The Streets Where We Live

In case it wasn’t obvious from recent posts (and ones not so recent), I wholeheartedly support the movement which has led to protests against systemic injustices around the world in the past few days. That it should be even necessary to state this is purely because too many people are either conditional in their support, or outright silent, & I didn’t want to leave any ambiguity on my part. I value the lives & wellbeing of my BAME relatives, friends, colleagues, and fellow people, than I do “accommodating” or “keeping the peace” with people who disagree.

Every time I see a Union Flag, I have to look away. That flag, whatever good and great it might encourage in the hearts of others, invites only a cold resentment in me. Passing by streets named for foreign kings and queens, named for the Union I want no part of, hearing the peals of another nation’s anthem that is anathema to me, I ache for the day that Scotland can be a normal independent nation. Yet how much worse must it be for those who are faced daily with the names, the flags, the symbols of those who treated their ancestors – their people – as things to be bartered; as chattel of no more value to them than stocks and goods; as something lower than human? And worse – how it must feel for even those who claim to support and empathise with you deciding that your pain is not worth their inconvenience? After all, if we start renaming streets, we’ll have to remember the new names; we’ll have to confront the horrors of our pasts; we’ll have to go outside our comfort zones.

To Hell with that.

Scotland is very much a part of this world, even if it seems a far corner metaphorically and in actuality. Nonetheless, we’ve seen the protests here in the heart of our capital – a city built on the exploitation of human beings who were treated as little more than things.

To be perfectly frank, my opinion on this feels largely irrelevant: I defer to the opinion of those who would be most affected by having to walk in the shadow of these tributes to the sort of people who made their ancestors’ lives Hell on Earth, and (because people are individuals) there isn’t a consensus there either. At the end of the day, I would not be particularly concerned if the names stayed, though I certainly wouldn’t shed a tear if they left. That said, I do have issues with the conversation.

Most criticisms – legitimate ones, anyway – of this protest fall under two headings: “It’s our heritage, good or bad, so we must preserve it,” and “It’s tantamount to whitewashing our history, we must keep the names to remind us all of what happened.” Neither strike me as particularly compelling.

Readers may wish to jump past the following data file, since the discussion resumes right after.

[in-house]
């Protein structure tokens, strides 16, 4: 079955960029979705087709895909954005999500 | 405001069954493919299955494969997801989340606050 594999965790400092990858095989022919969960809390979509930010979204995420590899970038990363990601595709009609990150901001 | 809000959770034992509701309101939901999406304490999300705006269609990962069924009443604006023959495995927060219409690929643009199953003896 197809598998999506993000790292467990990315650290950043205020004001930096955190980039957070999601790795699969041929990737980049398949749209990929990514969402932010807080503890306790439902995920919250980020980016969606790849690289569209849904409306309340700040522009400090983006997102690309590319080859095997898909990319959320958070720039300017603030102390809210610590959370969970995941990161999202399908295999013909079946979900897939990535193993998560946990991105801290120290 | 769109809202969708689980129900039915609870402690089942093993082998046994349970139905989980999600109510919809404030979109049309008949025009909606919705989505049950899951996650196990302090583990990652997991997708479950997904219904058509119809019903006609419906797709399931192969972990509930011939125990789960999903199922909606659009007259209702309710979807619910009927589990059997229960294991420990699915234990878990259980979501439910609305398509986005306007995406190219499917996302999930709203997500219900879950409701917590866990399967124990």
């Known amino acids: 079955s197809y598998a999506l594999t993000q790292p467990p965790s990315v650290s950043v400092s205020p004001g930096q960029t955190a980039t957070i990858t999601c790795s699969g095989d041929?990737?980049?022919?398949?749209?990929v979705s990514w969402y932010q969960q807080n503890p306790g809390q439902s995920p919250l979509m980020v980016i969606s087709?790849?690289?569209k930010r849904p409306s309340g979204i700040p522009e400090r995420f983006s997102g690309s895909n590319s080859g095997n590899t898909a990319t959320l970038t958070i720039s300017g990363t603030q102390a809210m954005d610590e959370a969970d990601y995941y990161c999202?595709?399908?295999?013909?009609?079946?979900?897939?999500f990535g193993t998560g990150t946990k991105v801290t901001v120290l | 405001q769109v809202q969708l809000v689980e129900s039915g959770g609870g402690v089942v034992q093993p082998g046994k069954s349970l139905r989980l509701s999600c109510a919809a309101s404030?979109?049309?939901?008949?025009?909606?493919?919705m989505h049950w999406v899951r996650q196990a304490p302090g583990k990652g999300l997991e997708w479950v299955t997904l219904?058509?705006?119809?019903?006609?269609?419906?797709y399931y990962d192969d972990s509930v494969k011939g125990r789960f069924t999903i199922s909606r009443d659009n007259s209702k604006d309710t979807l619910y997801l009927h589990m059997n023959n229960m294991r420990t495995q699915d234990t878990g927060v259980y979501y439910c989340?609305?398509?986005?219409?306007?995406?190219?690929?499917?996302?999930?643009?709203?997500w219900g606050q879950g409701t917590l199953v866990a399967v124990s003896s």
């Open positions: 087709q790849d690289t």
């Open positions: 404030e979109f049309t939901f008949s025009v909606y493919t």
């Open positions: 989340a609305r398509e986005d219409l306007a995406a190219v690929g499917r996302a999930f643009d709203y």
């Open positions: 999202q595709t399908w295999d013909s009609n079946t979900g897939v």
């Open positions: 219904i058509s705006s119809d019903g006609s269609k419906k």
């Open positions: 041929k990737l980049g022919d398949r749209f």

For the first: as a member of Gourock Heritage & Arts with a long appreciation for all sorts of history, I’m struck by how casually dismissive folk can be of the heritage they claim to love. Monuments fall into disrepair; buildings are demolished to make way for new projects; local figures and histories are neglected and allowed to slip into obscurity. The concern so many people display for mere names would be well received when it comes to rescuing heritage at genuine risk of ruin. It already sticks in the craw that the names of slave owners and old dead English royals are memorialised in Gourock’s streets while our own sons and daughters and stories and legends are left to gather dust in libraries: how much sourer it is so to see active support for those vultures.

As for the second, that criticism would only hold if there was literally no other way of knowing about history than street names, which is patently absurd. If we are to presume that Greenockian children will never hear the stories of James Dunlop or Duncan Darroch if a couple of streets are renamed, then does that not tell us about the priorities of not just the Scottish curriculum, but of our collective consciousness? And, what, a tiny damning plaque is supposed to wash away the majesty of these memorials to these cruel peoples’ greed and pride?

The statue of the Duke of Sutherland was erected 4 years after his death. The only “history” it’s commemorating is that there were enough people as despicable as him to pay for its construction.

My esteemed pal Jeff Shanks wrote eloquently on the debate regarding Confederate memorials in the United States, but many of the arguments ring true here.

My second point — and this is the important one and most contentious — is about the nature of the history that these monuments are celebrating. The vast majority of the monuments in question were erected in the early part of the 20th century, beginning around the 50th anniversary of the war. It was a significant part of a movement at the time to rebrand the South and its role in the Civil War. This was the beginning of the creation of the Lost Cause myth that painted the antebellum South as a doomed golden age of chivalry and gentility destroyed by Northern invaders and harsh and unfair Reconstruction policies. The institution of slavery was minimized in both significance and in cruelty — this is when the idea that war wasn’t really about slavery was created, as well as the stereotypes of the kindly master and happy loyal slave.